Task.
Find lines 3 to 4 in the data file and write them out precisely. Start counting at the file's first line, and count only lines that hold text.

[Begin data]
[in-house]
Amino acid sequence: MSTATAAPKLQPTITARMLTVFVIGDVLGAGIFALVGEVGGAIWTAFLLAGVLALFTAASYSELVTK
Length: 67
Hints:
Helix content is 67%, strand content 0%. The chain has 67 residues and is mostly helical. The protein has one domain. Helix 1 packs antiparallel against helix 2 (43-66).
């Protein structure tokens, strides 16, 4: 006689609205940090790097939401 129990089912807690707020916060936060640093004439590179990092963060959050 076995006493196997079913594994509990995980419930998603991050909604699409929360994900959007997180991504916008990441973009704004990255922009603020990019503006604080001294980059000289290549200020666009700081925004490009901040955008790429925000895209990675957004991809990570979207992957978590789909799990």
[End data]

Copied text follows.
Length: 67
Hints: